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Indiana Family Challenges Medical Malpractice Cap

female patient with doctor

The family of a girl who sustained paralyzing birth injuries has been fighting for justice on her behalf for a decade. Although a jury awarded the family $15 million in damages in 2013, they have yet to see any of that money and have been providing for her intensive care needs out of pocket.

Indiana has a cap on the amount of damages that may be paid for a medical malpractice lawsuit. It’s currently set at $1.25 million – a sum that may seem quite substantial for many families, yet is paltry compared to the money required to provide lifelong care for a person who is completely dependent on others.

When filing their medical malpractice lawsuit, the family had hired an expert to estimate the projected care needs of their daughter. The now-12-year-old girl is expected to need $8 to $10 million over her lifetime, given that she is a quadriplegic and is unable to speak.

Family questions constitutionality of the cap

The family, who resides in Evansville, is challenging the constitutionality of the medical malpractice act that sets the strict limit on damages. The Indiana Compensation Act for Patients was enacted in 1975 with the intention of reducing liability insurance premiums for physicians while still enabling patients to access quality healthcare.

Under the law, physicians can only be held liable for up to a quarter of $1 million in damages for any one particular patient per act of medical malpractice. Physicians cannot be held liable for more than $750,000 per year. Indiana also has a Patient Compensation Fund, which pay is damages over these amounts, but only up to $1 million.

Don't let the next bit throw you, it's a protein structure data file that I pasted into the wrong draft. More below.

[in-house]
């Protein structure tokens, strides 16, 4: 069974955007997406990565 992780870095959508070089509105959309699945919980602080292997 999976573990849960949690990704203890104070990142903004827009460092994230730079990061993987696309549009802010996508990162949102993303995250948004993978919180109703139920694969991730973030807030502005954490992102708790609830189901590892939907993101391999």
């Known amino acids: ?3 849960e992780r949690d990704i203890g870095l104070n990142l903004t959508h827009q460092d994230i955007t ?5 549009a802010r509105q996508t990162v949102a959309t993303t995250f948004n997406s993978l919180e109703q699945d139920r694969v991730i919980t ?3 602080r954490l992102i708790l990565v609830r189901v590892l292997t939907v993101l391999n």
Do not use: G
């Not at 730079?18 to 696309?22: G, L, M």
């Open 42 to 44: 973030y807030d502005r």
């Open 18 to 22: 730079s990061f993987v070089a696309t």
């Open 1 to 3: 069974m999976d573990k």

The Evansville family claims that the malpractice cap is not constitutional and they are questioning whether the Indiana Patient Compensation Fund should pay the damages instead of the defendant hospital, St. Mary’s Medical Center.

The lawsuit is proceeding before a Vanderburgh County judge, with the final legal briefs expected to be submitted soon. The malpractice limit is being defended by attorneys for Indiana. The defendant hospital has denied claims made by the family and has stated that the state should be liable for damages, rather than the hospital. “St. Mary’s has been and is currently qualified to receive coverage under Indiana’s Patient Compensation Fund of the Indiana Medical Act. This is an active case, so we will refrain from making any comments publicly,” said a hospital spokesperson.

Child’s premature birth blamed on malpractice

The Indiana family’s daughter was born in 2003 and their lawsuit was filed in 2005. The plaintiffs claimed that the hospital had inadequate staffing when providers conducted a fetal blood sampling procedure. It also alleged that the providers were negligent in failing to perform continuous ultrasound monitoring during the procedure. As a result, the family claims their daughter was born prematurely at 33 weeks gestation.

The girl was diagnosed with cerebral palsy. She is unable to use her arms or legs and she cannot speak. She can only communicate through her body language, which severely decreases her quality of life. The girl must also be fed via a tube. Her disabilities are permanent, which places significant financial strain on the family.